WASHINGTON (Reuters) - The U.S. Supreme Court on Monday left intact the insider trading conviction of Galleon Group hedge fund founder Raj Rajaratnam.
The court declined to hear Rajaratnam’s appeal, meaning a June 2013 decision by the 2nd U.S. Circuit Court of Appeals in New York upholding the conviction is the final word in the case.
The appeals court rejected Rajaratnam’s argument that wiretap evidence was used improperly to convict him.
Rajaratnam is serving an 11-year prison term. A federal jury convicted him in May 2011 of nine counts of securities fraud and five counts of conspiracy.
The government said Rajaratnam, whose firm once managed $7 billion (4.12 billion pounds), made as much as $63.8 million in illicit profit from 2003 to March 2009 trading on stocks including eBay Inc(EBAY.O), Goldman Sachs Group Inc(GS.N) and Google Inc(GOOGL.O).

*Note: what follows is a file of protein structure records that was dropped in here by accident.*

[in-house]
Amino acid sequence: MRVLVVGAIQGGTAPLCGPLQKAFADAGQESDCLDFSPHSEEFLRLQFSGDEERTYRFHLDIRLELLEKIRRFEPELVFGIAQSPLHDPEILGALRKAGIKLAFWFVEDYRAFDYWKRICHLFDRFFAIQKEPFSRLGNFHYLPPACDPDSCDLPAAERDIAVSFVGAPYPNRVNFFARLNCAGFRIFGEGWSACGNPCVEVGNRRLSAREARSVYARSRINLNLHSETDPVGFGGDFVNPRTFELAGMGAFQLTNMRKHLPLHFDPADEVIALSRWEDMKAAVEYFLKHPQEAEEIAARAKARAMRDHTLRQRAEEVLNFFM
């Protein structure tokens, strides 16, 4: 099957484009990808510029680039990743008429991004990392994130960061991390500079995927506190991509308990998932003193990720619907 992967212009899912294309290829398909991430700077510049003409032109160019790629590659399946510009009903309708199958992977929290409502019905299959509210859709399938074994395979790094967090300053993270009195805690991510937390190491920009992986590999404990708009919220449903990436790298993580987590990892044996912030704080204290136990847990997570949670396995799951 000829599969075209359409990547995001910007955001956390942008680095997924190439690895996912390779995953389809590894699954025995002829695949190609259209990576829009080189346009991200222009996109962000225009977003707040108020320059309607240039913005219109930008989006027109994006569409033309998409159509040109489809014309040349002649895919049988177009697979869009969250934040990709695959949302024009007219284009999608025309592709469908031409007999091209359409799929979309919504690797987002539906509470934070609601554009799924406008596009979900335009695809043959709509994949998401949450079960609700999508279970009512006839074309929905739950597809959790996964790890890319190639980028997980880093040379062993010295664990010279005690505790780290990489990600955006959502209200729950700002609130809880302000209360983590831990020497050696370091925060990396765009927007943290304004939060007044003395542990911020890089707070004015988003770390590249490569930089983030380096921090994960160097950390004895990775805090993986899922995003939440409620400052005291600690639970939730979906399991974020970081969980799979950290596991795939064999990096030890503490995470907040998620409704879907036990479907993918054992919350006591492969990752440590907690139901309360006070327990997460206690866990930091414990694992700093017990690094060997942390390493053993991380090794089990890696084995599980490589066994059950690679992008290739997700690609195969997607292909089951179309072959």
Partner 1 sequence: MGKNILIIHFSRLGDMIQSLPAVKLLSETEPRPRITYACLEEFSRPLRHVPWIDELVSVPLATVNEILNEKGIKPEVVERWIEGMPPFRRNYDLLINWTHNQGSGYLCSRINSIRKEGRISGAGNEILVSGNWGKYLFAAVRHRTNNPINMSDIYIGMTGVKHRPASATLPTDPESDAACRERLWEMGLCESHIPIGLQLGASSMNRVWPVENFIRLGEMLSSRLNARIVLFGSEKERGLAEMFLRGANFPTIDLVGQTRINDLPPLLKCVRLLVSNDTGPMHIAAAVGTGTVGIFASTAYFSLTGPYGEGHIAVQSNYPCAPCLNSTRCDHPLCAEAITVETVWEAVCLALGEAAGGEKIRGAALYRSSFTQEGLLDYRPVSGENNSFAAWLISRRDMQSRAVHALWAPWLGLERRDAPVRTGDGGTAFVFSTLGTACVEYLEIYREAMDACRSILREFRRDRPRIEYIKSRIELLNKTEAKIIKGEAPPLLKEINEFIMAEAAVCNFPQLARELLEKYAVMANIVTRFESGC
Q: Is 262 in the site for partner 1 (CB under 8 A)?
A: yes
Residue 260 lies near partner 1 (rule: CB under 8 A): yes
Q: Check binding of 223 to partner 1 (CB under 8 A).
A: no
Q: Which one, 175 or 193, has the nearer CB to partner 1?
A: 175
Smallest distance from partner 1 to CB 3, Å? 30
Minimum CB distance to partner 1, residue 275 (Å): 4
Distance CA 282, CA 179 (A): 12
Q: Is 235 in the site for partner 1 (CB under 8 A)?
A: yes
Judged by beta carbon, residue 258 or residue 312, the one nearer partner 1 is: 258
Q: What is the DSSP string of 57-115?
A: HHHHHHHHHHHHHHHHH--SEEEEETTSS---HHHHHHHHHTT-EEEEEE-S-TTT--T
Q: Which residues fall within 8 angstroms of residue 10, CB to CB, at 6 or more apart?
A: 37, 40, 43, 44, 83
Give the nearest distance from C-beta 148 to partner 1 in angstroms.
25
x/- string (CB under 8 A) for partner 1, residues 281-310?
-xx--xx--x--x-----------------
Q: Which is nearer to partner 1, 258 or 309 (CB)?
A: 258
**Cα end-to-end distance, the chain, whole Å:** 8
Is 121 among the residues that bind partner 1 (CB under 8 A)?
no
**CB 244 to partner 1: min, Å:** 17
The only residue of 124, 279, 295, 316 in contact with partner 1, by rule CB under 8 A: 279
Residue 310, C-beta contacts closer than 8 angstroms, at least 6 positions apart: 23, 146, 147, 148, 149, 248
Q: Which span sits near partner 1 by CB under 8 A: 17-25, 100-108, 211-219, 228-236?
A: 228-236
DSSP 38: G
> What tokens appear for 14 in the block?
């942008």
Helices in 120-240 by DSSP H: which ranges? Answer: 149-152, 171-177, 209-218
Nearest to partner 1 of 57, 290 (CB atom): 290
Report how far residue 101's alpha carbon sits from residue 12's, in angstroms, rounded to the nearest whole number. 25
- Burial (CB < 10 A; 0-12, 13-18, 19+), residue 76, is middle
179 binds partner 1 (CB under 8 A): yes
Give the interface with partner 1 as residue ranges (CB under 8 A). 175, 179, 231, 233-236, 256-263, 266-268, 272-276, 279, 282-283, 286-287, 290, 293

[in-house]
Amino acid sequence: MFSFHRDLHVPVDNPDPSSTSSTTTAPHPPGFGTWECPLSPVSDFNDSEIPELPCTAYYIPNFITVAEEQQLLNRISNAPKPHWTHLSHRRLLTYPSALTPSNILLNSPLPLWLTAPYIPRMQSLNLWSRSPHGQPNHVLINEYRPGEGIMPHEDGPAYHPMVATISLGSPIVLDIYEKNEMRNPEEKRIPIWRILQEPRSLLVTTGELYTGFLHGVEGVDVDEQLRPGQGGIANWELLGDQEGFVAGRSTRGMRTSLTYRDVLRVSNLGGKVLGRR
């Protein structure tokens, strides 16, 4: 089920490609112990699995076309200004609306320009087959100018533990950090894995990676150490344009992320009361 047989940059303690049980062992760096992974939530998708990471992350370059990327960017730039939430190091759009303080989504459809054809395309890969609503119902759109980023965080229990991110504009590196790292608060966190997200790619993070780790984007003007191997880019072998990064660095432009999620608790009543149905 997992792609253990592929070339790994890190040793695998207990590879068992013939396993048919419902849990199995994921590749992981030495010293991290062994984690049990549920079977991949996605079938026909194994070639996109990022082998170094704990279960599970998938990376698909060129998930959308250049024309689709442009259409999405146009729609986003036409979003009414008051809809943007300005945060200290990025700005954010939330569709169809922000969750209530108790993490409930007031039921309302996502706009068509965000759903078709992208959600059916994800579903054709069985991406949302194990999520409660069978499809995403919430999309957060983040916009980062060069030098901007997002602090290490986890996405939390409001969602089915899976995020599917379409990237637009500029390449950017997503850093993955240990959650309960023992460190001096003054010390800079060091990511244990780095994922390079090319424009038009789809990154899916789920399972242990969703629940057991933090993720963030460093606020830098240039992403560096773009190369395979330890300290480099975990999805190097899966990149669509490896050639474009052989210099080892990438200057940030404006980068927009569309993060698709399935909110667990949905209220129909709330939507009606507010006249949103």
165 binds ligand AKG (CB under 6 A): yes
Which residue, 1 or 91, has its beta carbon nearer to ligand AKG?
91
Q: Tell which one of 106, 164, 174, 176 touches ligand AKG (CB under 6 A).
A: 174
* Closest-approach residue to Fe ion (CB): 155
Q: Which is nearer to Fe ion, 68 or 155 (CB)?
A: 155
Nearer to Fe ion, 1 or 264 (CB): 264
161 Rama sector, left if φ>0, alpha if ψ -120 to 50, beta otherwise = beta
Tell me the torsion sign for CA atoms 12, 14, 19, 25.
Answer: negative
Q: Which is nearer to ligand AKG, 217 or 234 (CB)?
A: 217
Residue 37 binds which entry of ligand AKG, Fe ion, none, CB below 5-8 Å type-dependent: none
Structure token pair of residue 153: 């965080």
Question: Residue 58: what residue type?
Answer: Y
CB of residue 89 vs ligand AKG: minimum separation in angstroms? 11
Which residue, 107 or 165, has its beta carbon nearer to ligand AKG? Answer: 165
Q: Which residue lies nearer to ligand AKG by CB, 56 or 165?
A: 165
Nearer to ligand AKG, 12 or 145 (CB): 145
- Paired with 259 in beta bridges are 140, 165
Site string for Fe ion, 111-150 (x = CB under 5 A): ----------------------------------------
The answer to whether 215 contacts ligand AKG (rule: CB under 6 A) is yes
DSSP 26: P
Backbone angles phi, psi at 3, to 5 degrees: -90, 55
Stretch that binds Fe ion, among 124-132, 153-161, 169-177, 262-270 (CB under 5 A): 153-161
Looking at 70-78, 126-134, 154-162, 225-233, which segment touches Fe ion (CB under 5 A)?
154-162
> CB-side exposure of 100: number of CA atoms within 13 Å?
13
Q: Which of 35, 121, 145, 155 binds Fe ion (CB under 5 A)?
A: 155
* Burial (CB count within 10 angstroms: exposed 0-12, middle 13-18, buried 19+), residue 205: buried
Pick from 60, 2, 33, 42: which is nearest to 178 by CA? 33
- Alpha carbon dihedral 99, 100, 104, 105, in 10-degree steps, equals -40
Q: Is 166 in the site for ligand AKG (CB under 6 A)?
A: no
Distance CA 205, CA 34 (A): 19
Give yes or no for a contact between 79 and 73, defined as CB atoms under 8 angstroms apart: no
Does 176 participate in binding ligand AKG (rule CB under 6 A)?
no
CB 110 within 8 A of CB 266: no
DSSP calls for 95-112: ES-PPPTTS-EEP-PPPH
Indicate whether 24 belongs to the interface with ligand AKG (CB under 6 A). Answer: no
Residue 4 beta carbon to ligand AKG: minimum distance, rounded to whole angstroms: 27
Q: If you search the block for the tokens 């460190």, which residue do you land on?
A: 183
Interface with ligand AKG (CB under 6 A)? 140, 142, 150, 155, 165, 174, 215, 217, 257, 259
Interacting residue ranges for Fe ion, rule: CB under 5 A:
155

Prosecutors said the Goldman trades included trades during the 2008 financial crisis, just after Rajaratnam got a tip from Goldman director Rajat Gupta of an infusion in the bank from Warren Buffett’s Berkshire Hathaway Inc(BRKa.N).
An insider trading trial involving charges against Rajaratnam’s younger brother Rengan, is expected to begin on Tuesday, also in Manhattan federal court. Since October 2009, 81 people have pleaded guilty or were convicted at trial in insider trading cases in Manhattan.
The case is Rajaratnam v. United States, U.S. Supreme Court, No. 13-1001.
Reporting by Lawrence Hurley; Additional reporting by Nate Raymond and Jonathan Stempel; Editing by Howrad Goller